British Astronomical Association
Supporting amateur astronomers since 1890

Secondary menu

Main menu

Home Forums General Discussion
Terms of use

Soyuz Fregat VS12 Insertion Burn Visibility

4 posts / 0 new
Last post
stewartw's picture
Offline
Last seen: 6 months 1 week ago
Joined: 01/04/2014 - 13:02
Soyuz Fregat VS12 Insertion Burn Visibility

Dear All,

Just a quick note to advise of a potentially interesting satellite observation that may be visible from the British Isles in the early hours of Friday 11th September 2015.

Cee Bassa has posted a notification here that provides background details. In short a Soyuz is scheduled to launch at 02:08:10 GMT tomorrow morning from Guiana and will put two Galileo satellites in orbit. The insertion burn that places the payload into the transfer orbit may be visible from Europe. Cees cautions that "It is unclear what visual effects the burn and the shutdown may have, but observers in Northern Europe are well placed to observe what ever may be visible."

The burn is expected to commence at 02:18:34 GMT when the payload is below the horizon as viewed from the British Isles. It will rise above the SW horizon (depending on the observer's location) at around 02:26 GMT and the burn will continue until 02:31:42 GMT.

The payload will be passing over the German / Denmark border and hence will appear higher in the sky for observers in the British Isles who are closer to that location. Being at an altitude of circa 400km, the apparent position of the payload against the background stars will be highly dependant on the observers' geographic location. The images below simulate the view of the night sky from Essex, Cheshire and Northern Scotland assuming liftoff and burn occur on schedule. Observers at other locations should hopefully be able to interpolate with sufficient accuracy to keep an eye on the general area should the exhaust plume be bright enough. The line in blue represents the track against the sky when the payload is in shadow (with perhaps the exhaust plume visible) while the track in white is when the payload is in sunlight. The burn is expected to complete approximately 90 seconds after the payload enters sunlight.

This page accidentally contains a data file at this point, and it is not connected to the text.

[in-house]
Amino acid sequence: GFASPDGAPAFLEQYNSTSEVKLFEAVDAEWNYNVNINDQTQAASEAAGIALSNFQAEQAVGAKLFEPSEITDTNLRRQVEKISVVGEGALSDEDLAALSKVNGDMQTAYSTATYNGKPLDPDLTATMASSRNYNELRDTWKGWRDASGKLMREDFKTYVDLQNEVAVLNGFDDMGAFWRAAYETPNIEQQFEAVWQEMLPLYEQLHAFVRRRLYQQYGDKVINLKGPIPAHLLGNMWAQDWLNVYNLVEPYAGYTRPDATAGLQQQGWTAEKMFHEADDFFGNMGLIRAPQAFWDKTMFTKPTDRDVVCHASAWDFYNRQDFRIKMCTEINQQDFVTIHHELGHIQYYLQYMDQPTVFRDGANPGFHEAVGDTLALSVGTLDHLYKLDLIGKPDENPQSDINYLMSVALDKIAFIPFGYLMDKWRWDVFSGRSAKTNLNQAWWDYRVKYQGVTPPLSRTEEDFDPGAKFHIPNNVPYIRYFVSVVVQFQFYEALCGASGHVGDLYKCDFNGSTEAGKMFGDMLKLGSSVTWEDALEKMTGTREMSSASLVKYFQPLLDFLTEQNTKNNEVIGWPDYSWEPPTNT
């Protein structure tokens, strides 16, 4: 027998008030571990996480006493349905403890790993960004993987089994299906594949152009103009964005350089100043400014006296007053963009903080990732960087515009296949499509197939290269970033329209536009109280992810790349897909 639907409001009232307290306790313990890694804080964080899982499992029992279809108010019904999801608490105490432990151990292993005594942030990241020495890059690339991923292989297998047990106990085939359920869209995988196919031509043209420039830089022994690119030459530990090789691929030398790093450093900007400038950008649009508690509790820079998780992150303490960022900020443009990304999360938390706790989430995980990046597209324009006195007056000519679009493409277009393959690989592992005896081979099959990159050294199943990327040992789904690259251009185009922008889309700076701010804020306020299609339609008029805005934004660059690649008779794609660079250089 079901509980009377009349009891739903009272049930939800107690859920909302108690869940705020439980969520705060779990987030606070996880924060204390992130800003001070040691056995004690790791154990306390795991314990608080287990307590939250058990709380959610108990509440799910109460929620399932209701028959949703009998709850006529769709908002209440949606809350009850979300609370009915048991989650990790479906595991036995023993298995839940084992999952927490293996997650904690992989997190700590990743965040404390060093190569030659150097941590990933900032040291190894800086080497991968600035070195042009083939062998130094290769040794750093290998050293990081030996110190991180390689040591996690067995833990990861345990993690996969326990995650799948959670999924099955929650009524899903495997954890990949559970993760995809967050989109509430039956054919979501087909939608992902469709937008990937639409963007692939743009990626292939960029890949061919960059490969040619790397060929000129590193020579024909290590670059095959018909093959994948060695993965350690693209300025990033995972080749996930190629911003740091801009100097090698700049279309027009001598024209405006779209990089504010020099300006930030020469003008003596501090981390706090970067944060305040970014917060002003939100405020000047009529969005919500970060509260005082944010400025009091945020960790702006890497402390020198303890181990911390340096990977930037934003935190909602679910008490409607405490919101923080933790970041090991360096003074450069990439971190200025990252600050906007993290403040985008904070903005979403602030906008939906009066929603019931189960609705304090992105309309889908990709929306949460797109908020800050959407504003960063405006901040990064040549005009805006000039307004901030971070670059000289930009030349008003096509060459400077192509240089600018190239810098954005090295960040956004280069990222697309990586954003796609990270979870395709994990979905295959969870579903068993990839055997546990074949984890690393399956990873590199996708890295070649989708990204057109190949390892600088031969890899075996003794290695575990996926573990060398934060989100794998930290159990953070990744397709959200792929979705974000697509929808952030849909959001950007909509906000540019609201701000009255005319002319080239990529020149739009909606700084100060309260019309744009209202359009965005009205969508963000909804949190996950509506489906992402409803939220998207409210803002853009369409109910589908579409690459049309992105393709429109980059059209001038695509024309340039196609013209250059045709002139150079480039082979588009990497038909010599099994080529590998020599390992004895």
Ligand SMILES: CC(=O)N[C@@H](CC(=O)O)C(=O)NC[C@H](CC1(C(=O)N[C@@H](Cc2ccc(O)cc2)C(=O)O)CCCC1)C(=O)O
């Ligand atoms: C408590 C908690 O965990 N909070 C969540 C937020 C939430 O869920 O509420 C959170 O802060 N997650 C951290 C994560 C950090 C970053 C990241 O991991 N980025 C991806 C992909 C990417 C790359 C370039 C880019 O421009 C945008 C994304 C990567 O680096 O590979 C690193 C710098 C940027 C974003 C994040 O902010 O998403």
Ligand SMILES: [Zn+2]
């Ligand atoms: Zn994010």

Note that the quoted times are GMT - please remember to add 1 hour for BST.

With many thanks as always to Cees for the "heads up" on this.

Good luck & clear skies - hopefully the launch proceeds as scheduled (keep an eye on http://spaceflightnow.com/ for updates).

William

 

 

 

Attachments: 
nickjames's picture
Offline
Last seen: 2 hours 44 min ago
Joined: 12/10/2013 - 18:16
I'll be up early tomorrow then

Thanks for posting this. The forecast for Essex looks good for tomorrow morning so I'll have a go at this. A good opportunity to image 67P (Rosetta's comet) as well at around the same time.

nickjames's picture
Offline
Last seen: 2 hours 44 min ago
Joined: 12/10/2013 - 18:16
Nothing spectacular. I could

Nothing spectacular. I could see it from shadow exit at 02:30 but it just looked like a normal faint satellite.

stewartw's picture
Offline
Last seen: 6 months 1 week ago
Joined: 01/04/2014 - 13:02
The view from Cheshire

Rather unspectacular from Cheshire too, with the lower elevation and patchy mist not helping matters. Unable to pick it up in 12x80 binos until shadow exit. Visual appearance resembled any other faint satellite with no evidence of elongation / plume etc.

Cees, observing from The Netherlands, had better luck with his image suggesting evidence of venting.